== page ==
(Saddle Creek/Team Love)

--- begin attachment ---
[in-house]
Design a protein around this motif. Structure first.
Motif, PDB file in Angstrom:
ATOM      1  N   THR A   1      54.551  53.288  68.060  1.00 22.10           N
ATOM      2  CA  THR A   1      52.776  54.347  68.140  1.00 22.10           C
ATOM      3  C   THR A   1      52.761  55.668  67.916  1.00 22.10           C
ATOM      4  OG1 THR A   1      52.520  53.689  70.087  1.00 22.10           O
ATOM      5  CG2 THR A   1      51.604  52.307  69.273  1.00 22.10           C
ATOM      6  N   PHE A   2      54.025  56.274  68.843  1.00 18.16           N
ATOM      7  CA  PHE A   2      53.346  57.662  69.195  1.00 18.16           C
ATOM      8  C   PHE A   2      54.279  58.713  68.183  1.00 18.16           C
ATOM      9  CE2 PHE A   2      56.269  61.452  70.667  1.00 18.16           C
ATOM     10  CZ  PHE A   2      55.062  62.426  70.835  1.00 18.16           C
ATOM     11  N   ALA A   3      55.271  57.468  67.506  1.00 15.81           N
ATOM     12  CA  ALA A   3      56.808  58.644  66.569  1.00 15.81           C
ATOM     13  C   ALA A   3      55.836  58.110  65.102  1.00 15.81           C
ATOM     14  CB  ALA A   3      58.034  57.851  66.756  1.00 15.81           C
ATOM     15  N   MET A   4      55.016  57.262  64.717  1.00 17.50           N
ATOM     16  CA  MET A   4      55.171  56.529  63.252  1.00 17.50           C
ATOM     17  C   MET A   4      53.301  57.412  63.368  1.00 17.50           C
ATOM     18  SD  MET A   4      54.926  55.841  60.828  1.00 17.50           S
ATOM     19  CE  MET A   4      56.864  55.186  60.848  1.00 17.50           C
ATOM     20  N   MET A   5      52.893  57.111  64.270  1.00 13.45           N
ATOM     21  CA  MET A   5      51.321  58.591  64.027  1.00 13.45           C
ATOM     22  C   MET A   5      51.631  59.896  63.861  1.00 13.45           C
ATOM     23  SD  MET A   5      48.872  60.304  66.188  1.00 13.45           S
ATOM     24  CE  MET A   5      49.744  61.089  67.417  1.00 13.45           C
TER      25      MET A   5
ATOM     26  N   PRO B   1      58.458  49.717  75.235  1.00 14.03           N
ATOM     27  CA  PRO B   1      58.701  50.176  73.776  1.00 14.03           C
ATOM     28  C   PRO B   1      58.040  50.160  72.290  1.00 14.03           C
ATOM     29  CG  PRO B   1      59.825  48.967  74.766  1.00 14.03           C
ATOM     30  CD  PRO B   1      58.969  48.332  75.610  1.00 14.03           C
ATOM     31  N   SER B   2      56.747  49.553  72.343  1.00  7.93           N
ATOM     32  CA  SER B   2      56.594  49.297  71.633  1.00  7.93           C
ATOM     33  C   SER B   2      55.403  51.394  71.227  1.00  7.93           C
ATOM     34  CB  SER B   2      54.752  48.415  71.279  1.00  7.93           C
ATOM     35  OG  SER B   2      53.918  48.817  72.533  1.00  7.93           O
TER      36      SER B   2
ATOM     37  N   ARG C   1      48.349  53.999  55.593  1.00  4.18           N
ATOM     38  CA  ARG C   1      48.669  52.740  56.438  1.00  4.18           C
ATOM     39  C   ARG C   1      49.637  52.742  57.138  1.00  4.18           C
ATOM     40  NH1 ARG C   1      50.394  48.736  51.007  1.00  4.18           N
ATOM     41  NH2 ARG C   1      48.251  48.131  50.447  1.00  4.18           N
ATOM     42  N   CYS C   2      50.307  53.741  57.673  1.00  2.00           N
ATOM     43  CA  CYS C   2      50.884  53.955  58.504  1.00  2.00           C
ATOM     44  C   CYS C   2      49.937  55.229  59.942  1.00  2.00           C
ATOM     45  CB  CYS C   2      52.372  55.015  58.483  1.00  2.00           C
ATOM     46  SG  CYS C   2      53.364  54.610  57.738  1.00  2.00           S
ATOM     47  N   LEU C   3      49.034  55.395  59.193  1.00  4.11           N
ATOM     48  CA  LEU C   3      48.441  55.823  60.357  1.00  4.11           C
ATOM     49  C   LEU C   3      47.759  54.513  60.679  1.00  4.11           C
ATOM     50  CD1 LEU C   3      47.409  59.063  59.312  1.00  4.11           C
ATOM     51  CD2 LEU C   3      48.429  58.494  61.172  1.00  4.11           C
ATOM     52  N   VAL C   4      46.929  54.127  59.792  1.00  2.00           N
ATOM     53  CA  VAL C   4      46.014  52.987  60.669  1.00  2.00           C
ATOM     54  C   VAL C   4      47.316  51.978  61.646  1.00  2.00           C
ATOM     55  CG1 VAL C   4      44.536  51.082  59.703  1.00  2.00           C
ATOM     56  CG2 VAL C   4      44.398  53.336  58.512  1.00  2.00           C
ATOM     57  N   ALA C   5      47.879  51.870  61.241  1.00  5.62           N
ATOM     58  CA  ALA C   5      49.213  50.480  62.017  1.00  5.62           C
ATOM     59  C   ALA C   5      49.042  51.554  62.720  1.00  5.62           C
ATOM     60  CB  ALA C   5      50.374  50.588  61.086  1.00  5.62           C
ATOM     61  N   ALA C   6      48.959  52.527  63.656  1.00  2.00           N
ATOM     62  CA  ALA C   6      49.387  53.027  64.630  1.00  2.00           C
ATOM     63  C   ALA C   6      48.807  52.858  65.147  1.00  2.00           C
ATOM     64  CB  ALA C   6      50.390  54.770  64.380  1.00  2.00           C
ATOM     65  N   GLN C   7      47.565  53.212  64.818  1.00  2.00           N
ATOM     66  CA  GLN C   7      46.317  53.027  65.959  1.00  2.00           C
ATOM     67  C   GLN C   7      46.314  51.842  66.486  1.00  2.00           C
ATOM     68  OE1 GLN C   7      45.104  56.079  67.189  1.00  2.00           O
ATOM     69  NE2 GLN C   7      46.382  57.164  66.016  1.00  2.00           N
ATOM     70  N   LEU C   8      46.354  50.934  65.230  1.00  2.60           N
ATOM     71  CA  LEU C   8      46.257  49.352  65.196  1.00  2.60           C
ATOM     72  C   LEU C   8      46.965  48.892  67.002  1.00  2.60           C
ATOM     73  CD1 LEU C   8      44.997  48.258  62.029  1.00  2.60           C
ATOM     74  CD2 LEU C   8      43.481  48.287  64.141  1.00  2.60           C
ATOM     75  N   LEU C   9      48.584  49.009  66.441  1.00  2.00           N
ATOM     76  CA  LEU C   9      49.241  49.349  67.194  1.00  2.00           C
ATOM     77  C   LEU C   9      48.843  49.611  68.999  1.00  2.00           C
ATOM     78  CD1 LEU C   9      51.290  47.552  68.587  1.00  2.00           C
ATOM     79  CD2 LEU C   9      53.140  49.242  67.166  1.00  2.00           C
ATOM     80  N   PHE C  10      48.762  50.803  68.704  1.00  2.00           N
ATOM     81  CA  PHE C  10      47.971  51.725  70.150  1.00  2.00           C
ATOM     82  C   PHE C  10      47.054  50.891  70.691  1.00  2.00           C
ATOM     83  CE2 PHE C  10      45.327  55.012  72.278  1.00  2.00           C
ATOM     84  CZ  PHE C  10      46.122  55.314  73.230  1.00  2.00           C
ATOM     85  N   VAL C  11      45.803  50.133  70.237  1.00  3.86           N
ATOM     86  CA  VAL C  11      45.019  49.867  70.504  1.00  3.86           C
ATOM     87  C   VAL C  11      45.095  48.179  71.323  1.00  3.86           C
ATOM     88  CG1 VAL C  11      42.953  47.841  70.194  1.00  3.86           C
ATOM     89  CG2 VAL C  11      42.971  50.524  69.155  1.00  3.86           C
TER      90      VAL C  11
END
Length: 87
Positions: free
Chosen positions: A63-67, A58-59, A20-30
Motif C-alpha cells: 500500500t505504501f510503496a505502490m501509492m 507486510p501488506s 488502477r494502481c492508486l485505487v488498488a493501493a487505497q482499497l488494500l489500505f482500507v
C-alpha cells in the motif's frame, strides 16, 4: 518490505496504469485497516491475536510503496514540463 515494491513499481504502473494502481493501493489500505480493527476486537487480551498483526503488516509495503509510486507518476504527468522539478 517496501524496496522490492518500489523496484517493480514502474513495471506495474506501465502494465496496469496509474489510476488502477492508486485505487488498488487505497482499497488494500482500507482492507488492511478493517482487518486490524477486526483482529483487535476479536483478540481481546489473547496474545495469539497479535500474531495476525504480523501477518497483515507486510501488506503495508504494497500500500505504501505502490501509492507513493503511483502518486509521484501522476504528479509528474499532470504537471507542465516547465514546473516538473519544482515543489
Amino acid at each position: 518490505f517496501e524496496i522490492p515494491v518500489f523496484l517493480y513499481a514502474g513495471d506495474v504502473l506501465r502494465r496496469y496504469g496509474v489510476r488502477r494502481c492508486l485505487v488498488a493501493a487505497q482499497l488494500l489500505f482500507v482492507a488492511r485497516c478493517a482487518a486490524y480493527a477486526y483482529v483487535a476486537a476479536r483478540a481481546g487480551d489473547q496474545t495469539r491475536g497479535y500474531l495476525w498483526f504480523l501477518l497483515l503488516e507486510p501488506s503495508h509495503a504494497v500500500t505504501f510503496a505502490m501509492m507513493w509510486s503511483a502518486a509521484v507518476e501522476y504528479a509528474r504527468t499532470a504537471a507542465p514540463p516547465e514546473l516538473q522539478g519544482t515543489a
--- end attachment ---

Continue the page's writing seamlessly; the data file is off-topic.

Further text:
Ryan Adams wasn’t the only shaggy-haired, hard-drinking prolific songwriter of 2005 — Conor Oberst squeaked his third record of the year in just under the wire. After the staggering two-punch of I’m Wide Awake, It’s Morning and Digital Ash in a Digital Urn — both released on January 26, 2005 — and months spent playing each around the world, you’d think Omaha’s prodigal son would lay low for awhile, and he’s said he will this year, but not before dropping a proper live record. Impeccably recorded — crowd noise is sparse, except for the opening round of applause in which a girl shrieks “I love you Conor!” Culled from a tour that spanned North America, Europe and Japan with Rilo Kiley and REM, Motion Sickness is mostly comprised of tracks from I’m Wide Awake — the opener “At the Bottom of Everything” plays the same role here, and “Road to Joy,” “Old Soul Song” and an Emmylou-less “We Are Nowhere and it’s Now” also make appearances. Captured at the height of Oberst’s anti-Bush tear, he throws in “Make War” from Lifted and a scathing rendition of the song he debuted on Leno as an emo cowboy, “When the President Talks to God” (“Does he ever smell his own bullshit? I doubt it!” ). B-side-style highlights include “True Blue” (from the “Lua” single), a gorgeous solo performance of “Southern State” (“Are you who you say you are? The fact that we can’t tell makes us like you even more”) and two covers: Feist’s “Mushaboom” (meh) and Elliott Smith’s “The Biggest Lie.” It’s an apt closer for a boy wonder who spent a year questioning everything and offering these songs as glorious attempts at answers.